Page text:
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Better diagnosis will save lives, boost company profit

Cancer Genetics makes tests, services to improve treatment

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Micro Technologist Benjamin Ritter works on DNA purification at Cancer Genetics. The Rutherford company, which went public last month, makes genomic-based oncology tests and services designed to improve treatment of cancer.
Micro Technologist Benjamin Ritter works on DNA purification at Cancer Genetics. The Rutherford company, which went public last month, makes genomic-based oncology tests and services designed to improve treatment of cancer. - (AARON HOUSTON)

Cancer Genetics CEO Panna Sharma pins his hopes on the conviction that better diagnosis of cancer will extend lives and save money. It follows that investors would reward such diagnostics companies, he said.

“We have to find a way of bending the cost curve,” Sharma said. “The only way to do that is to get more accurate and comprehensive diagnosis up front, and map it to the proper treatment.”

Cancer Genetics believes its stable of proprietary products, coupled with a focused marketing plan, distinguishes itself, a belief that drove the company's decision to go public last month.

Cancer Genetics Inc. offered 600,000 shares priced at $10 in its April 4 initial public offering. The stock now trades at about $11.50. Listed over the counter now, Sharma said the company expects to trade on the Nasdaq once it achieves shareholder equity requirements.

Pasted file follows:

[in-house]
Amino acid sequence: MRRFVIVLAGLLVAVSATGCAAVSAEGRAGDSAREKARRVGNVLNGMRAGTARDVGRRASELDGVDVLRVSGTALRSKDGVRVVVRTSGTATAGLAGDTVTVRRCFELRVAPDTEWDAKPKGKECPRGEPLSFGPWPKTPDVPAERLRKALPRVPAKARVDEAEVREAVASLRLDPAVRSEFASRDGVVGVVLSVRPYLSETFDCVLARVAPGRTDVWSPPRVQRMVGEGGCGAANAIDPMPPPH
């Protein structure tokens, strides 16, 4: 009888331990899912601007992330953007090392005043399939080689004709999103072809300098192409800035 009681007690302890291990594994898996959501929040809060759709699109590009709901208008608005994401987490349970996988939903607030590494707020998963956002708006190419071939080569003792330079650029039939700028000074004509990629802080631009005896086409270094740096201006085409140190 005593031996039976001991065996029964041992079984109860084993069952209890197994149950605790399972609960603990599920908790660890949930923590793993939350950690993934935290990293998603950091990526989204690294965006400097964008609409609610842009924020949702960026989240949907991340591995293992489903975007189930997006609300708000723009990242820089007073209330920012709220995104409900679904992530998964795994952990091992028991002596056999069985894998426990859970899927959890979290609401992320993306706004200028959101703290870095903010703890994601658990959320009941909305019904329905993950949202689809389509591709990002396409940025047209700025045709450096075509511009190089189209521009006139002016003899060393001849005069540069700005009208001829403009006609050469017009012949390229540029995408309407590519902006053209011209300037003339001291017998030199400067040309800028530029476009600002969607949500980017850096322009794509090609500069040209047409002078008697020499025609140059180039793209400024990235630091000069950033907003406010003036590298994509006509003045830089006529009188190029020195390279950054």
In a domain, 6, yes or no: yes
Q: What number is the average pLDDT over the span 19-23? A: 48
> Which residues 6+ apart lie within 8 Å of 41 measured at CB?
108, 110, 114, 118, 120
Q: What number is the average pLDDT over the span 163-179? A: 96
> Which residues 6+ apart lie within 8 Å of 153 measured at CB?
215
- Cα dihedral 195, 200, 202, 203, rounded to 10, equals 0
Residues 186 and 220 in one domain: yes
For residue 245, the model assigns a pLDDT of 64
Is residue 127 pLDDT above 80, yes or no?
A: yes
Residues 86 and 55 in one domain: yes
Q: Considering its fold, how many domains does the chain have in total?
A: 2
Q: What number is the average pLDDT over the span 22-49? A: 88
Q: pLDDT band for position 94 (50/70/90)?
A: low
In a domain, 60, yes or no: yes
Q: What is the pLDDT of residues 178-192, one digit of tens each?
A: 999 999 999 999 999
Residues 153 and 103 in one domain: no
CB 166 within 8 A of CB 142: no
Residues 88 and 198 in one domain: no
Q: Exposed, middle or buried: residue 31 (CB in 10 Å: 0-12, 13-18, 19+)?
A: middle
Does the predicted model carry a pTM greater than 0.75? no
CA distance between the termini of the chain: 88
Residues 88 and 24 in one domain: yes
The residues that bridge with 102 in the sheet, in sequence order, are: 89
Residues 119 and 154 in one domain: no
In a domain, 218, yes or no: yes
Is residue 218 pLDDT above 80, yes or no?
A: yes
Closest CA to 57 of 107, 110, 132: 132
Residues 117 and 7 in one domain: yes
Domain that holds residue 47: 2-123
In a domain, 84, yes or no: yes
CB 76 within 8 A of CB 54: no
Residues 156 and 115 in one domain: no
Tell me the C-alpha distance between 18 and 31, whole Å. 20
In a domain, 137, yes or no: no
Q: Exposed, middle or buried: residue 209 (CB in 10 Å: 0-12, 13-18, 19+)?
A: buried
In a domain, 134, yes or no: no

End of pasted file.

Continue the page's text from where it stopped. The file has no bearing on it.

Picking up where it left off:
The Rutherford company makes genomic-based oncology tests and services designed to improve treatment of cancer. Cancer Genetics' portfolio contains proprietary tests that target several hard-to-treat cancers and a range of urogenital ailments, and sells its products to hospitals, cancer centers and doctors' offices.

The company's strategy includes seeking partnerships with community hospitals so patients can be treated without having to travel long distances to prestigious cancer centers. Sharma says about 80 percent of cancer patients are first diagnosed at community hospitals, so providing those institutions with better tools makes sense.

Cancer Genetics has also formed a venture with the Mayo Clinic and plans to partner with additional research centers, universities, and biotechnology and pharmaceutical companies. It will also seek international partnerships to support global growth, part of an overall plan the company believes will pay dividends.

Cancer Genetics reports 2012 revenue at $4.3 million, up 43 percent from the prior year revenue of $3 million. Sharma said the company expects similar growth in 2013, though it's not yet profitable, with a $7.6 million operating loss in 2012, down from an $8.2 million deficit the prior year.

Cancer Genetics sees emerging economies as a growth area, noting 8 percent of its 2012 revenue is from sale of oncology products and services to the developing world. Mexico, Brazil and Turkey are among the fastest-growing countries for use of molecular diagnostics products for oncology.

The company netted about $6.9 million from the IPO, money Sharma said will be used mostly to bolster its sales force. It has six salespeople now, and aims to double that by year's end.

Discussing the company's philosophy, Sharma says more accurately characterizing a cancer patient's genetic profile is the critical step to avoiding a wrong diagnosis that can lead to expensive and sometimes unnecessary treatments like chemotherapy.

“If you are able to monitor genetically what's happening to you, you can intervene more quickly,” Sharma said.

Benefits to the patient are straightforward: longer and healthier lives.

“At the end of the day, we're not just doing research, we are able to affect patients' lives,” Sharma said.

E-mail to: tomz@njbiz.com
On Twitter: @biztzanki

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